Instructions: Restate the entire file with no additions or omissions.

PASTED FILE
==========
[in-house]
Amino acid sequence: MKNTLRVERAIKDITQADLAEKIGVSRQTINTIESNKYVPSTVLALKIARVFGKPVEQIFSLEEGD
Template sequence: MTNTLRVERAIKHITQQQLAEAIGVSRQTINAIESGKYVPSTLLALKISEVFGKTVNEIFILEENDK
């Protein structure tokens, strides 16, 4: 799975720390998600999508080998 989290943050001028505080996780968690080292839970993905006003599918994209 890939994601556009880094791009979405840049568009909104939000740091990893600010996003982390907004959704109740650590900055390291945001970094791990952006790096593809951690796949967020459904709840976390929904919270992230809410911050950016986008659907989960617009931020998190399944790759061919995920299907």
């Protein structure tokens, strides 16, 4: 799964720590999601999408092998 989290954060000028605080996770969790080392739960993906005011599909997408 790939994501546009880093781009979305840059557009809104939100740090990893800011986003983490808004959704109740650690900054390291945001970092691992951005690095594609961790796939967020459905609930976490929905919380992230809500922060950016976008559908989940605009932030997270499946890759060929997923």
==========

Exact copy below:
[in-house]
Amino acid sequence: MKNTLRVERAIKDITQADLAEKIGVSRQTINTIESNKYVPSTVLALKIARVFGKPVEQIFSLEEGD
Template sequence: MTNTLRVERAIKHITQQQLAEAIGVSRQTINAIESGKYVPSTLLALKISEVFGKTVNEIFILEENDK
């Protein structure tokens, strides 16, 4: 799975720390998600999508080998 989290943050001028505080996780968690080292839970993905006003599918994209 890939994601556009880094791009979405840049568009909104939000740091990893600010996003982390907004959704109740650590900055390291945001970094791990952006790096593809951690796949967020459904709840976390929904919270992230809410911050950016986008659907989960617009931020998190399944790759061919995920299907």
């Protein structure tokens, strides 16, 4: 799964720590999601999408092998 989290954060000028605080996770969790080392739960993906005011599909997408 790939994501546009880093781009979305840059557009809104939100740090990893800011986003983490808004959704109740650690900054390291945001970092691992951005690095594609961790796939967020459905609930976490929905919380992230809500922060950016976008559908989940605009932030997270499946890759060929997923």